Taking a look at “Agile” methodsCopyright © 2006 RGalen ConsultingJune 2006 Group, LLC17


Agile “Extremes”• I’ve presented variables that should influence yourplanning levels and examples of the High/Lowextremes• There are 7 Agile Methods loosely related by basicprinciples Agile Alliance / Agile Manifesto• Let’s examine 3 that approach the “Right” level • Extreme Programming XP (Beck)• Scrum (Schwaber(& Beedle)• Endgame management (Galen)Copyright © 2006 RGalen ConsultingJune 2006 Group, LLC18


Extreme Programming• Introduced by Kent Beck in 2000 book XP Explained• Based on Chrysler C3 HR system project• Small teams, pair programming, highly iterative , littleplanning, few documents, highly customer focused• Leading agile method, tremendous developerenthusiasm & synergy• Stories• Mini use cases / requirements / tasks 3x5 card per story• Derived and prioritized with customerCopyright © 2006 RGalen ConsultingJune 2006 Group, LLC19


Extreme Programming (cont.)• Effort Estimation• Technical team estimates the effort• Collaborative, team based view of history, allows over/underestimation• Recommend ordering and identify technical risks• Planning game• Customer selection of stories and ordering• Team signs-up for work• End iteration progress reviews, carry forward to next gameCopyright © 2006 RGalen ConsultingJune 2006 Group, LLC20


Extreme Programming (cont.)• 1-33 week iterations• Very small iterations for feedback to customer, team andinto next planning game• Ability to quickly adapt to changes• Tracking• Daily stand up meetings with team (customer)• “Tracker” collects team progress• Neither off nor on track, you just “are” where you are• Always complete the iteration! Adjustments made at iterationend next planning gameCopyright © 2006 RGalen ConsultingJune 2006 Group, LLC21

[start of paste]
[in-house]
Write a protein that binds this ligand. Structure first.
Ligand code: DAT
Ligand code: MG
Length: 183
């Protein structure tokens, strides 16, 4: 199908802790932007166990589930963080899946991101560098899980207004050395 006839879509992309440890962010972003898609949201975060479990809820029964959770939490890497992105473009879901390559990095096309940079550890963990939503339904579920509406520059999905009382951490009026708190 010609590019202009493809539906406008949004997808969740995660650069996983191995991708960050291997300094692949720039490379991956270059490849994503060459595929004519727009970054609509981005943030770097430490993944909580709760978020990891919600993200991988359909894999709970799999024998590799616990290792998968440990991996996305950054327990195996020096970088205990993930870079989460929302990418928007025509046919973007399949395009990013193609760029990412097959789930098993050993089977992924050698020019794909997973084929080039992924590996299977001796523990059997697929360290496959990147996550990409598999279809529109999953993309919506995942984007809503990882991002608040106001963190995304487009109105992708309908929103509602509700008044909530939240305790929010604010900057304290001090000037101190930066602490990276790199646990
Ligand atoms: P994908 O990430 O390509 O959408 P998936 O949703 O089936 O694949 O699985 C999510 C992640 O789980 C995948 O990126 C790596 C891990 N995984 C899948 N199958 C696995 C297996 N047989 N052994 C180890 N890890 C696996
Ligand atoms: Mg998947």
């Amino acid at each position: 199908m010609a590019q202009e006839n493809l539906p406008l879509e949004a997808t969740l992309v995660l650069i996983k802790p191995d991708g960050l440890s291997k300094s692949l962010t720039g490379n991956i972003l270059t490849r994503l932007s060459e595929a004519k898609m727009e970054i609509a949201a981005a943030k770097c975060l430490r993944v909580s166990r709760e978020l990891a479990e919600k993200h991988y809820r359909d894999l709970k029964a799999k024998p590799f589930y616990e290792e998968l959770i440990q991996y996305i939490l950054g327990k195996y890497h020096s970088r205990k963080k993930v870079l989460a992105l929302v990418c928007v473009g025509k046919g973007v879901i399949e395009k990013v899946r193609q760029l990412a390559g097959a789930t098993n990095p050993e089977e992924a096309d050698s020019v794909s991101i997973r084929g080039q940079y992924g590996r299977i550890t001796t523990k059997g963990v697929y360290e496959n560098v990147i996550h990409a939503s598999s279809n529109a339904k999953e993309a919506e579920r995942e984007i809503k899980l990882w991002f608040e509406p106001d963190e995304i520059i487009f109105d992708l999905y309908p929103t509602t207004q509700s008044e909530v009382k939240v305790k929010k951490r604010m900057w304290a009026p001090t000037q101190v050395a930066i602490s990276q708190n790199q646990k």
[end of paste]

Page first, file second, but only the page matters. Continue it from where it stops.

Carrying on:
Scrum• First described by Ken Schwaber in 1995 paper• Book published in 2001• Applied to hundreds of projects• View it as an “Agile PM wrapper” for software projects• Product Backlog (list)• Overall product / project work for the team• Prioritized list of functions, features, technologies andbusiness goals• Customer driven content and priorityCopyright © 2006 RGalen ConsultingJune 2006 Group, LLC22


Scrum (cont.)• 30 Day Sprint• Driven by sprint goal & uninterrupted• Can change functionality as long as meeting sprint goal• Backlog updated with status on progress• Sprint Planning• Define a sprint goal• Map backlog “targets” to the sprint goal should align inpriority order• Factor in capabilities (past performance) of the teamCopyright © 2006 RGalen ConsultingJune 2006 Group, LLC23


Scrum (cont.)• Daily Scrum (meeting)• Led by Scrum Master• Focused and brief, mandatory attendance, every teammember (chickens) speaks, observers (pigs) do not• Everyone answers 3 questions:• What have you done since last scrum?• What do you plan to do till the next scrum?• Any impediments to your work?Copyright © 2006 RGalen ConsultingJune 2006 Group, LLC24